Do you find yourself taking care of your children, parents, friends and colleagues much more than you take care of yourself? In our busy lives we have many responsibilities and sometimes we forget that taking care of ourselves is just as important as taking care of others. There are many benefits of self-care and if you are concerned as to whether practicing self-care will take time away from your loved ones, research shows that when we make self-care a priority, we can then care for others better. You might probably know that the most important protocol in First Aid is to avoid putting yourself in danger in order to help others. Safety instructions on air and sea crafts also emphasise the importance of making sure that you are safe before helping others. So with this in mind, why do we keep pushing away our needs, knowing that lack of self-care can have a toll on our physical and mental health, and can also affect our relationships, our concentration and our outlook on life? If you are not feeling well, how can you keep going? As the saying goes, ‘you can’t pour from an empty bottle.’
If you haven’t been in the habit of practicing self-care, you will first need to think about what you would do to take care of yourself better if you had more time or fewer responsibilities. What do you enjoy doing? Are you aware that you should be taking better care of your body? Would you benefit from taking care of your psychological well-being? Perhaps speaking to someone you trust about something that is bothering you or perhaps getting in touch with a good therapist. Are you longing for better sleep, a quiet day, or having time to enjoy a good book? These practices of self-care help us to restore the emotional, physical and mental resources that help keep our life running smoothly.
An important part of self-care is being aware of what depletes you of energy, knowing when you are feeling drained and being aware of what gives you energy and strength. This is subjective and can even vary during different periods in our life. Make a list of what (or who) drains your energy and try to find ways of reducing this tension. For example, if you feel that your work is contributing to your burnout, think of practices which you can do to cope better with the stressors of work. You might want to go in early to have some time to yourself before your colleagues arrive, or you might need to go for a walk during your break, or speak to your boss about different opportunities at your work place. What you do before or after work might also contribute to better well-being. Perhaps going for a fitness class, practice yoga or making time for a power nap can help ease the worries of the day.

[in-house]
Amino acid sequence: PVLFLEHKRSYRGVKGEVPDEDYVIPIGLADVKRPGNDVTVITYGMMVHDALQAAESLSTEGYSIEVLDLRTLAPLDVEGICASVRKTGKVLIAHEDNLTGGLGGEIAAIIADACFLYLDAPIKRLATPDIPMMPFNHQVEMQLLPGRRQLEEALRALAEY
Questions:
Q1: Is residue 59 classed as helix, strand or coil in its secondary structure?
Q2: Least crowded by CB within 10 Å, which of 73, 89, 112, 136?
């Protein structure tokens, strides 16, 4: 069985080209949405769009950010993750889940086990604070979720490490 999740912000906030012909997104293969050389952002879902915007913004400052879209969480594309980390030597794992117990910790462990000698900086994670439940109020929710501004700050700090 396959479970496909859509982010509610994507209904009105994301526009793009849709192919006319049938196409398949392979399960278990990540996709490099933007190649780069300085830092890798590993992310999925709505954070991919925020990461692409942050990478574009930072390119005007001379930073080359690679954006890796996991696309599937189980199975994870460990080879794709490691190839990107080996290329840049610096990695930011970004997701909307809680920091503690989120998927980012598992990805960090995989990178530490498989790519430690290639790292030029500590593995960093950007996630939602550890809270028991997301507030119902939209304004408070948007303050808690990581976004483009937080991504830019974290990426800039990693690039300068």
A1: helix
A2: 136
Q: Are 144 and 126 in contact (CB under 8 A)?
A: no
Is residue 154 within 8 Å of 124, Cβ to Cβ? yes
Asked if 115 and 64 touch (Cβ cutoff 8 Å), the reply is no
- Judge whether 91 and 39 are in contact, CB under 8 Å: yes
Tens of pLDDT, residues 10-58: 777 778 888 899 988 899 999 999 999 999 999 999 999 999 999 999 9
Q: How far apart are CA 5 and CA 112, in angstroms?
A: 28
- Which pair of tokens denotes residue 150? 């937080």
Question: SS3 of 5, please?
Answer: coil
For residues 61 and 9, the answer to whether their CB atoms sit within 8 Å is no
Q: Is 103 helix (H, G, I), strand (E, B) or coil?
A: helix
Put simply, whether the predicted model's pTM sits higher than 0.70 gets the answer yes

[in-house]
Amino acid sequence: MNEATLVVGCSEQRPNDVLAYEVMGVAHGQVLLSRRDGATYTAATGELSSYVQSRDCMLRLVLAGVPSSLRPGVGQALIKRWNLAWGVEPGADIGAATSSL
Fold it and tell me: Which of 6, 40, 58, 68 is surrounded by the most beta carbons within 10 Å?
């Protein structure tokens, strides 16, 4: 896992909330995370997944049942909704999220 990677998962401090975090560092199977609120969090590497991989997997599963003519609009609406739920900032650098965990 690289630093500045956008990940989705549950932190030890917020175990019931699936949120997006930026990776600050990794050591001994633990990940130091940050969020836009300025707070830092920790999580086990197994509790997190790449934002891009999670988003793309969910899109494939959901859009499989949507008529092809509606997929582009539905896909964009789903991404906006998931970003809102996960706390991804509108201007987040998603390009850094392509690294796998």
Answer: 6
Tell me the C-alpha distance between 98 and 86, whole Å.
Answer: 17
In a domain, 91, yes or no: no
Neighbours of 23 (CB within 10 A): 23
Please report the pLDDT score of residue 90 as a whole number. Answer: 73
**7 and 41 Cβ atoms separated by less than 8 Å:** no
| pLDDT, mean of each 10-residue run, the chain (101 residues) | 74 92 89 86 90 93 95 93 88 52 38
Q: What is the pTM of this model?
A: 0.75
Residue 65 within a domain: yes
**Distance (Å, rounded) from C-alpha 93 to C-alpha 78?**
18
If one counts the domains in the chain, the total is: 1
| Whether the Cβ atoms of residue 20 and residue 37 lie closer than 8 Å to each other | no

It is very important to keep an eye on yourself and to know what your limits are. Try not to let stress, anxiety, guilt and other feelings take over your life because it might then be even more difficult to find some motivation to take care of yourself. If planning beforehand helps, make a timetable and find short slots in your day or week to do something you enjoy or something that you’ve been longing to take up. Keep in mind that having some ‘me’ time is a necessity and not a luxury. In your daily life, be mindful of what you’re eating, how you’re sleeping and who you’re spending time with, because small changes in our lifestyles may have a great impact on our lives.
– Claire is a gestalt psychotherapist at Willingness. She works with adolescents and adults. She has a special interest in mental health. She can be contacted on email@example.com.